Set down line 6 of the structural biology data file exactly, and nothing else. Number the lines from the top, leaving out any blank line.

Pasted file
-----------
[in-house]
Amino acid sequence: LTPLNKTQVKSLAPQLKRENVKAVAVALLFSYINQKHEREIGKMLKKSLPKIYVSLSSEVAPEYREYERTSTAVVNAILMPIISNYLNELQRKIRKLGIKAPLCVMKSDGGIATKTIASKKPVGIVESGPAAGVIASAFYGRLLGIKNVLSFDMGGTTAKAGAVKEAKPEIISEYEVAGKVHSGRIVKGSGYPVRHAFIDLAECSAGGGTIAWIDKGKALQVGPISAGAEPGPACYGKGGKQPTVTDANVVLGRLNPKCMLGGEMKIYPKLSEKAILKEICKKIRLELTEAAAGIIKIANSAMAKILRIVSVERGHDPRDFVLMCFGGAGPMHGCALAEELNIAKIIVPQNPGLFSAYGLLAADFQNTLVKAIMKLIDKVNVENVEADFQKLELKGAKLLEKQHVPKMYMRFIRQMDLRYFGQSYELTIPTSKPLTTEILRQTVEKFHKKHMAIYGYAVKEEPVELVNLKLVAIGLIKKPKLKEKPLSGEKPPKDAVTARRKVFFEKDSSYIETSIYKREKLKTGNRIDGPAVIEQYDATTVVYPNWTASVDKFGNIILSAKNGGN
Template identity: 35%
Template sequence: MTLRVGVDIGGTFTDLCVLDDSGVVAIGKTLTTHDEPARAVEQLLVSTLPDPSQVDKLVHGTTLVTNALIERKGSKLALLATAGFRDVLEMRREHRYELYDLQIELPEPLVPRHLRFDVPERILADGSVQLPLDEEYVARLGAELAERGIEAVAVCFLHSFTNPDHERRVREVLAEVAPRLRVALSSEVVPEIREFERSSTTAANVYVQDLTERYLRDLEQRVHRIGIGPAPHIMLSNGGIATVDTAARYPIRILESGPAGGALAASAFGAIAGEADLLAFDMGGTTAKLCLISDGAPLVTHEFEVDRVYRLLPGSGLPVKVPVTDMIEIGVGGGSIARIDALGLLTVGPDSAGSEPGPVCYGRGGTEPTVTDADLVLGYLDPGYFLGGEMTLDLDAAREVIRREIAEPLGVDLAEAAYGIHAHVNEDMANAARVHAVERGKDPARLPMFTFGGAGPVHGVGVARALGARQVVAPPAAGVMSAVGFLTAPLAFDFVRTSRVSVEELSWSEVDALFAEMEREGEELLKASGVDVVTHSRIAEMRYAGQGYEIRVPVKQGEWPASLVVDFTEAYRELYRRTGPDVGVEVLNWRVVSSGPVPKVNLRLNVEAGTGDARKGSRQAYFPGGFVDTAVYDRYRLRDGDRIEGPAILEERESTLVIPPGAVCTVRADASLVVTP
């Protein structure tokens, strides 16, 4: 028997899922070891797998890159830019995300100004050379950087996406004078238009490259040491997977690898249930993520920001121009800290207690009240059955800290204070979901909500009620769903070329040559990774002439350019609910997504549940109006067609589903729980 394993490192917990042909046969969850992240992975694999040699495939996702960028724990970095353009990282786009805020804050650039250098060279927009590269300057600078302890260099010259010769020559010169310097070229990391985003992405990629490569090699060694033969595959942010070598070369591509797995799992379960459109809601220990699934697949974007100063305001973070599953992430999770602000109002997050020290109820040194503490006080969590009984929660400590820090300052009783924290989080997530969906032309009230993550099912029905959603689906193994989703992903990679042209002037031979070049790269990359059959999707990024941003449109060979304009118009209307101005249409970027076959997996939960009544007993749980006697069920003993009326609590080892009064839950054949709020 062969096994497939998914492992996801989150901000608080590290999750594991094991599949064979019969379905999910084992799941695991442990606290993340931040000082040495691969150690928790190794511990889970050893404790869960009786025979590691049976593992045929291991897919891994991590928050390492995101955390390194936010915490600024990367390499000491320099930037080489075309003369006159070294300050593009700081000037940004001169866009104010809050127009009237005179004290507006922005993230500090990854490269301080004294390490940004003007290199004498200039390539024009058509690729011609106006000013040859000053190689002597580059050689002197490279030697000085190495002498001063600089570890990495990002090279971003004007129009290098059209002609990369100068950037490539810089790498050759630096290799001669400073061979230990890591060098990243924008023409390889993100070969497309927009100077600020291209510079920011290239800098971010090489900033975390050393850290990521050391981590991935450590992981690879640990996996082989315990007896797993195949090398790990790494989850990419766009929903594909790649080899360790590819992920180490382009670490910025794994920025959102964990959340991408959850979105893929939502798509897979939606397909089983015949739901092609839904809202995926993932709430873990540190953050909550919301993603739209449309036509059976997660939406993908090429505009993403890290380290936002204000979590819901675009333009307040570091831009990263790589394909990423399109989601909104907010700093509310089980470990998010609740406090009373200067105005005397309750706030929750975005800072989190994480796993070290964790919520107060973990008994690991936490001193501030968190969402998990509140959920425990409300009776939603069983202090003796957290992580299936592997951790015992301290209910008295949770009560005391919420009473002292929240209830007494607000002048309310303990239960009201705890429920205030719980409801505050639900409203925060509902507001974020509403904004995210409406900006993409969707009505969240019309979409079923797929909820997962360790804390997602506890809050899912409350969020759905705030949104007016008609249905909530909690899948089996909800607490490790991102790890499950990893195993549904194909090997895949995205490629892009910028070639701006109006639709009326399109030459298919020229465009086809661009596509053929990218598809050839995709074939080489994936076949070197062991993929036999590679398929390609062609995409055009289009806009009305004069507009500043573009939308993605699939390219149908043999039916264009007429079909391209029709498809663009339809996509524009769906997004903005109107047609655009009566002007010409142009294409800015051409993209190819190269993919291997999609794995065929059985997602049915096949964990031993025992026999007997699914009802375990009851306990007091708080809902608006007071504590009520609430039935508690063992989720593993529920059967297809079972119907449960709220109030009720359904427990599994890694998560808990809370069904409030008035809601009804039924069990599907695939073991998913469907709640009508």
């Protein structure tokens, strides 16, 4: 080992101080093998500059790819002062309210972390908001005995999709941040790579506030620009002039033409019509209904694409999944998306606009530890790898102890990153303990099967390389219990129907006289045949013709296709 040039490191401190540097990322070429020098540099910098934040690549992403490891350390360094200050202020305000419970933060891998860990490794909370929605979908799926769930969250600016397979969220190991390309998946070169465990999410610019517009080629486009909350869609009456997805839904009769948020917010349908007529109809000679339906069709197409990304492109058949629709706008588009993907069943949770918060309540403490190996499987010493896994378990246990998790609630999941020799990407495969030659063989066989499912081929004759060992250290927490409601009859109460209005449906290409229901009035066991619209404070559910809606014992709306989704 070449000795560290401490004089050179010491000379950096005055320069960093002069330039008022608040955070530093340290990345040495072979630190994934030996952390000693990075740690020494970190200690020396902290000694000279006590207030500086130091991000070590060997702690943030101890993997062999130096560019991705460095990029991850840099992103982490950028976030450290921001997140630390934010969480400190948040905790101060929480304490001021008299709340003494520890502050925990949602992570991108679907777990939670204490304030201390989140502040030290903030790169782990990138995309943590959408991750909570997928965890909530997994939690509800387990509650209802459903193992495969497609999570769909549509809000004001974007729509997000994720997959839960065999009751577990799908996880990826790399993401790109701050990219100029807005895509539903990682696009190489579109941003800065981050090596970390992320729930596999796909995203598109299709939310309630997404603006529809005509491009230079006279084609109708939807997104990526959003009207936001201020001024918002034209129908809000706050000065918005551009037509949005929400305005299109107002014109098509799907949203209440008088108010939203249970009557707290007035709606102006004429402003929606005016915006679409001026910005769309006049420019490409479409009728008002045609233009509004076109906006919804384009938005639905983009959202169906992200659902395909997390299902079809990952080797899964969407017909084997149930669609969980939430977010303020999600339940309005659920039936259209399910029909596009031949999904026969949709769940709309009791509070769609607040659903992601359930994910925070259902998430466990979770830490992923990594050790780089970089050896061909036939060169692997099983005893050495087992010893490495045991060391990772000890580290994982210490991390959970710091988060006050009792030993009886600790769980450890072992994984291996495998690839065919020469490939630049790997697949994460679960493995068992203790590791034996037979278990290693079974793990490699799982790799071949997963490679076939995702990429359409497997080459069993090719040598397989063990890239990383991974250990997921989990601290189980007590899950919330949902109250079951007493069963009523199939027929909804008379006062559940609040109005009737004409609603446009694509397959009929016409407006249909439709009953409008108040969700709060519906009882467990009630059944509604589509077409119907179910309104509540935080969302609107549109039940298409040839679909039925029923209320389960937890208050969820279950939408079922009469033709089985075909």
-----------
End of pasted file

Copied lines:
């Protein structure tokens, strides 16, 4: 080992101080093998500059790819002062309210972390908001005995999709941040790579506030620009002039033409019509209904694409999944998306606009530890790898102890990153303990099967390389219990129907006289045949013709296709 040039490191401190540097990322070429020098540099910098934040690549992403490891350390360094200050202020305000419970933060891998860990490794909370929605979908799926769930969250600016397979969220190991390309998946070169465990999410610019517009080629486009909350869609009456997805839904009769948020917010349908007529109809000679339906069709197409990304492109058949629709706008588009993907069943949770918060309540403490190996499987010493896994378990246990998790609630999941020799990407495969030659063989066989499912081929004759060992250290927490409601009859109460209005449906290409229901009035066991619209404070559910809606014992709306989704 070449000795560290401490004089050179010491000379950096005055320069960093002069330039008022608040955070530093340290990345040495072979630190994934030996952390000693990075740690020494970190200690020396902290000694000279006590207030500086130091991000070590060997702690943030101890993997062999130096560019991705460095990029991850840099992103982490950028976030450290921001997140630390934010969480400190948040905790101060929480304490001021008299709340003494520890502050925990949602992570991108679907777990939670204490304030201390989140502040030290903030790169782990990138995309943590959408991750909570997928965890909530997994939690509800387990509650209802459903193992495969497609999570769909549509809000004001974007729509997000994720997959839960065999009751577990799908996880990826790399993401790109701050990219100029807005895509539903990682696009190489579109941003800065981050090596970390992320729930596999796909995203598109299709939310309630997404603006529809005509491009230079006279084609109708939807997104990526959003009207936001201020001024918002034209129908809000706050000065918005551009037509949005929400305005299109107002014109098509799907949203209440008088108010939203249970009557707290007035709606102006004429402003929606005016915006679409001026910005769309006049420019490409479409009728008002045609233009509004076109906006919804384009938005639905983009959202169906992200659902395909997390299902079809990952080797899964969407017909084997149930669609969980939430977010303020999600339940309005659920039936259209399910029909596009031949999904026969949709769940709309009791509070769609607040659903992601359930994910925070259902998430466990979770830490992923990594050790780089970089050896061909036939060169692997099983005893050495087992010893490495045991060391990772000890580290994982210490991390959970710091988060006050009792030993009886600790769980450890072992994984291996495998690839065919020469490939630049790997697949994460679960493995068992203790590791034996037979278990290693079974793990490699799982790799071949997963490679076939995702990429359409497997080459069993090719040598397989063990890239990383991974250990997921989990601290189980007590899950919330949902109250079951007493069963009523199939027929909804008379006062559940609040109005009737004409609603446009694509397959009929016409407006249909439709009953409008108040969700709060519906009882467990009630059944509604589509077409119907179910309104509540935080969302609107549109039940298409040839679909039925029923209320389960937890208050969820279950939408079922009469033709089985075909």